Alarming decline charted in seasonal workers' well-being
Research into the experiences of seasonal workers has uncovered an alarming decline in the well-being of Timorese migrants when they return home after stints in the Australian Seasonal Workers Program.
The Flinders University research is being shared at a symposium with UN, Timor-Leste and Australian government representatives this week.
It shows nearly 87% of Timorese workers could maintain their overall well-being while in they were in Australia but this plummeted to just 37% when they returned home.
Lead researcher and Flinders University Associate Professor Udoy Saikia says the findings are important in understanding how next steps can be developed to help guide future job and economic policies in Timor-Leste to support migrant workers and their families.
"Our findings show an alarming decline in the economic and health well-being of Timorese workers when they go back home," Associate Professor Saikia says.
"Australia and Timor-Leste can use this research to better understand the experiences of seasonal workers after their work stays in Australia are completed," he says.
"The research also identified a decline in their knowledge and skills-related well-being, dropping from an impressive 99% while they were in Australia to 63% upon their return to Timor.
"Additionally, the research showed that male migrant workers fared better in maintaining their well-being than their female counterparts, both while in Australia and after returning to Timor.
"So it is also not surprising to see the research finding that 83% of Timorese workers expressed an intention to return to Australia for future work."
The research involved surveys conducted with returned migrants and their households in Timor-Leste, as well as workers currently employed in Australia under the scheme which enables Australian agricultural and horticultural businesses to hire temporary workers from Pacific Island nations and Timor-Leste.
Eligible businesses usually recruit workers through the program for up to nine months at a time or in longer-term roles which last between one and four years.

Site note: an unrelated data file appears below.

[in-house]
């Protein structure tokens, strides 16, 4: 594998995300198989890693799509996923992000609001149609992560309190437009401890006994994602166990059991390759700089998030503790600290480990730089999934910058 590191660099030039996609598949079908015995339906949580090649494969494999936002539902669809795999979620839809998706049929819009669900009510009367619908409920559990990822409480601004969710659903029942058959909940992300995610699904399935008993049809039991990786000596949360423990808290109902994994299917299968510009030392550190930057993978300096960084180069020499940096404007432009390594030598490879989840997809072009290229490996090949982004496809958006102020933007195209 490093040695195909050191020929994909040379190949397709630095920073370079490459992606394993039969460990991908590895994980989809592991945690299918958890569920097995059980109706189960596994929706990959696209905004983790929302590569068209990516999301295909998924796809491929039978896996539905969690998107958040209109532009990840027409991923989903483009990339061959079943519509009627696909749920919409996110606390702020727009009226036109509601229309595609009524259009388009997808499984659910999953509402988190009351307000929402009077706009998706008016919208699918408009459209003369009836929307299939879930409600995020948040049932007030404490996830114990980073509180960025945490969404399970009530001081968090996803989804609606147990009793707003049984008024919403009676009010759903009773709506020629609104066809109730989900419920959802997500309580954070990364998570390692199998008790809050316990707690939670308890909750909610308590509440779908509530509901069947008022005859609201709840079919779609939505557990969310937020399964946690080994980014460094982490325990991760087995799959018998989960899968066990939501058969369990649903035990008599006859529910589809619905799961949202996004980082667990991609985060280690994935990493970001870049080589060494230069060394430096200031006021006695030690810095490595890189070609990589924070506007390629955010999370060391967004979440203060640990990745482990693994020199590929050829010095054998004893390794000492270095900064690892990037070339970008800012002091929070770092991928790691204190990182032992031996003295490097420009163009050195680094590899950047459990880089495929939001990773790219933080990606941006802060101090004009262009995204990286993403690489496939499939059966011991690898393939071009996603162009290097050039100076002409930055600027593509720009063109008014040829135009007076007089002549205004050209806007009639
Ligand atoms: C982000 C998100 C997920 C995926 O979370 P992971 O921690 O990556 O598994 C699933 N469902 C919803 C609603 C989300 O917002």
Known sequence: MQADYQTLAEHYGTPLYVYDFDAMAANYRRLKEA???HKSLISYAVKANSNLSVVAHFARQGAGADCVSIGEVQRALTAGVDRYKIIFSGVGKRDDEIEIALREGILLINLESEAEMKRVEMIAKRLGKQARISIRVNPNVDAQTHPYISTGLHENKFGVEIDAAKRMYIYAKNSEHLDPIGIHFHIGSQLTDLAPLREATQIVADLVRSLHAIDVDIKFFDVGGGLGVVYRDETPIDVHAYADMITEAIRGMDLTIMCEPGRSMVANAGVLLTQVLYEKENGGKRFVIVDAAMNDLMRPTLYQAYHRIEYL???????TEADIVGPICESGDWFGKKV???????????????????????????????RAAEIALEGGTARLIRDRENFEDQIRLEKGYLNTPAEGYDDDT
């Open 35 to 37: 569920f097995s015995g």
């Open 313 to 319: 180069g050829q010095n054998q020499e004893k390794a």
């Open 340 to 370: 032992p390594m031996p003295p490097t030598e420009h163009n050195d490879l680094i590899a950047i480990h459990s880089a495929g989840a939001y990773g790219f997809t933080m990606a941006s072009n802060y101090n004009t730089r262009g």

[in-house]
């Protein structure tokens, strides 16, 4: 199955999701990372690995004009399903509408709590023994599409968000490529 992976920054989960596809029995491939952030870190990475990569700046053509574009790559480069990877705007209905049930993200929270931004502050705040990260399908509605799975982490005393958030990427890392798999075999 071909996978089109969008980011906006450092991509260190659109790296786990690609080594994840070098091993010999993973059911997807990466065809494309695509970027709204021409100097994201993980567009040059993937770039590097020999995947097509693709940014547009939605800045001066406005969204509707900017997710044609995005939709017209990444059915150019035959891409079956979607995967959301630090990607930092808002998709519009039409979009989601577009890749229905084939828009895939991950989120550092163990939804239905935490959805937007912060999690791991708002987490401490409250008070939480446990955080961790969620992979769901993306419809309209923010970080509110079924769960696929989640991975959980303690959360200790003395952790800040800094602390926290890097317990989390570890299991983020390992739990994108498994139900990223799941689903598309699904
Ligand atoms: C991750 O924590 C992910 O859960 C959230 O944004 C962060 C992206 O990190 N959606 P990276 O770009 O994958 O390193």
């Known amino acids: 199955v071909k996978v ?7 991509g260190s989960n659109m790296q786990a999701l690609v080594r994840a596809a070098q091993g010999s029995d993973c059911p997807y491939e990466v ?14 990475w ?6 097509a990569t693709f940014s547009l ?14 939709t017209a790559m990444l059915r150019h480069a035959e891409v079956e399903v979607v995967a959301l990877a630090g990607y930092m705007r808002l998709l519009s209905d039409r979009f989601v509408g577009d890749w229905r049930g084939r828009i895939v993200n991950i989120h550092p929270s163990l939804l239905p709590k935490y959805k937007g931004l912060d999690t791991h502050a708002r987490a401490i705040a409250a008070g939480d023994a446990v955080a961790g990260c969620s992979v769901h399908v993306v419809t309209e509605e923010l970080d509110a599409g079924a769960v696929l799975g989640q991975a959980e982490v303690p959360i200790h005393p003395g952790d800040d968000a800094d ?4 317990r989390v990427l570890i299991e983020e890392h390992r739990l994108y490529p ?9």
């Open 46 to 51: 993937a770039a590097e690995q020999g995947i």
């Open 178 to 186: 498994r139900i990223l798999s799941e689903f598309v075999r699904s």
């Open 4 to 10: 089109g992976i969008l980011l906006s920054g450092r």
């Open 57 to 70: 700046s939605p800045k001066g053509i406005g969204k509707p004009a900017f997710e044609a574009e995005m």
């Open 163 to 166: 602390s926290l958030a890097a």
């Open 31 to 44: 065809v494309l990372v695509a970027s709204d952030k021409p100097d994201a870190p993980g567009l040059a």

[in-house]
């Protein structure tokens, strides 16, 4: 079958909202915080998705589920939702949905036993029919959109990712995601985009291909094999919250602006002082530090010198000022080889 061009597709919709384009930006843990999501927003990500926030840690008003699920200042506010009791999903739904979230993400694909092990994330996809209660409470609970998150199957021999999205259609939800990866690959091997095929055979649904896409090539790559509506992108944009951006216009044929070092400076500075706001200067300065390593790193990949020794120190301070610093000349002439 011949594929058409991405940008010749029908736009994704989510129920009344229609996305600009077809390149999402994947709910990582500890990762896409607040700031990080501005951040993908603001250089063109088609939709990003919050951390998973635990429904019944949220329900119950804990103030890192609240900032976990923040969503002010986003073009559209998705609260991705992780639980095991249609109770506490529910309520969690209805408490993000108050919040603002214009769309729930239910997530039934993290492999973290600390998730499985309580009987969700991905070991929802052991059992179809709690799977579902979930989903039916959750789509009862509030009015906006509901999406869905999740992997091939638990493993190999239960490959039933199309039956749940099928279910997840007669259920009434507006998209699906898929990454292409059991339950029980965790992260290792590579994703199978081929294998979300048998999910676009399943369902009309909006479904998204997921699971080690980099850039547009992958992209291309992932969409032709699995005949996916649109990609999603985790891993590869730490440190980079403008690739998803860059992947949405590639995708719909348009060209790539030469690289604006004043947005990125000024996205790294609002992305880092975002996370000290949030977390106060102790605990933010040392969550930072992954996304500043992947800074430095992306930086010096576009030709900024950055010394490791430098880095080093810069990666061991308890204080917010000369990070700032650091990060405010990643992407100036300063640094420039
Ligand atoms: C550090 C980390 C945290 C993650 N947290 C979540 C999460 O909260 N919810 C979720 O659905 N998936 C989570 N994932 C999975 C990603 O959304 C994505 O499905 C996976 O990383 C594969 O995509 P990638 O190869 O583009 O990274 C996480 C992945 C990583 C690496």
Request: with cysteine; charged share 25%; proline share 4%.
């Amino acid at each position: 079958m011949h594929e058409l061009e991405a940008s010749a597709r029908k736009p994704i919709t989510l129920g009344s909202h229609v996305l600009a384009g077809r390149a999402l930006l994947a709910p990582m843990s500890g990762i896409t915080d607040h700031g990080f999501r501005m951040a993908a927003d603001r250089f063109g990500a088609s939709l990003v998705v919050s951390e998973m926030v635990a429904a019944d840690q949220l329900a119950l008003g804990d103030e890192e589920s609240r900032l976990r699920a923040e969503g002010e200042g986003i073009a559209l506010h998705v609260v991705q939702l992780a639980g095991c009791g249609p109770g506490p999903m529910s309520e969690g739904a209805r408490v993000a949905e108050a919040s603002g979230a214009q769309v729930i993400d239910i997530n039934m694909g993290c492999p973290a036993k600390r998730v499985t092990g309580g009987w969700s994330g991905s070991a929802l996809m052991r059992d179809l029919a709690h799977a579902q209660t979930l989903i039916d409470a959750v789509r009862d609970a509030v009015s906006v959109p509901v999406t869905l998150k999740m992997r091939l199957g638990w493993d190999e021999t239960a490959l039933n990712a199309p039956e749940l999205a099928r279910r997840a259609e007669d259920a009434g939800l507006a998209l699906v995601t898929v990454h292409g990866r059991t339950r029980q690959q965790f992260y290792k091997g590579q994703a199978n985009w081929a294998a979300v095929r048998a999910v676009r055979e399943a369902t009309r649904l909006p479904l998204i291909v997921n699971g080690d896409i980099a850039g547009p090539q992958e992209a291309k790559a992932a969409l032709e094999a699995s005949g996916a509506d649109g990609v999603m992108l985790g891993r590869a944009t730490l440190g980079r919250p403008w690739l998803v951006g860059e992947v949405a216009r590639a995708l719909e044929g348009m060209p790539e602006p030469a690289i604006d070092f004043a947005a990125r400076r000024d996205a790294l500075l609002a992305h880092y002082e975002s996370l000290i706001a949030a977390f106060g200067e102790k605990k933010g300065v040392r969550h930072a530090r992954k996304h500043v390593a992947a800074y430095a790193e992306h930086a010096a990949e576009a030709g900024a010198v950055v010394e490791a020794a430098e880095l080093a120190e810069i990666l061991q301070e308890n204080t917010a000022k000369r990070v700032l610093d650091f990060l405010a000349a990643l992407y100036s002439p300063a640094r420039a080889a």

Associate Professor Saikia says the main contributing factor to the decline identified by the research was a lack of employment upon returning to Timor, with only 20% of returned migrant workers finding work, leaving a substantial 80% unemployed.
A total of 750 workers, including those currently on engagement in Australia and those who had returned to Timor-Leste, were surveyed for the study. To provide a comparative analysis, the survey also included Timorese workers who had returned to Timor after working in South Korea under the Korean Permit System. The complete findings will be published later next year.
The Flinders University symposium was held at the Bedford Park Campus on Tuesday–Wednesday, September 26–27. Researchers presented their results to a diverse group of stakeholders, including senior policymakers from the Government of Timor-Leste, Australia's Department of Foreign Affairs and Trade, and delegates from the Northern Territory Farmers Association.
Since its inception in 2008, over 20,000 individuals have participated in Australia's seasonal workers program. This initiative has since expanded to include residents from Fiji, Kiribati, Nauru, Papua New Guinea, Samoa, Solomon Islands, Timor-Leste, Tonga, Tuvalu, and Vanuatu.
The program has experienced consistent annual growth, evolving into an essential labor force for Australia's agricultural and horticultural sectors.
Provided by Flinders University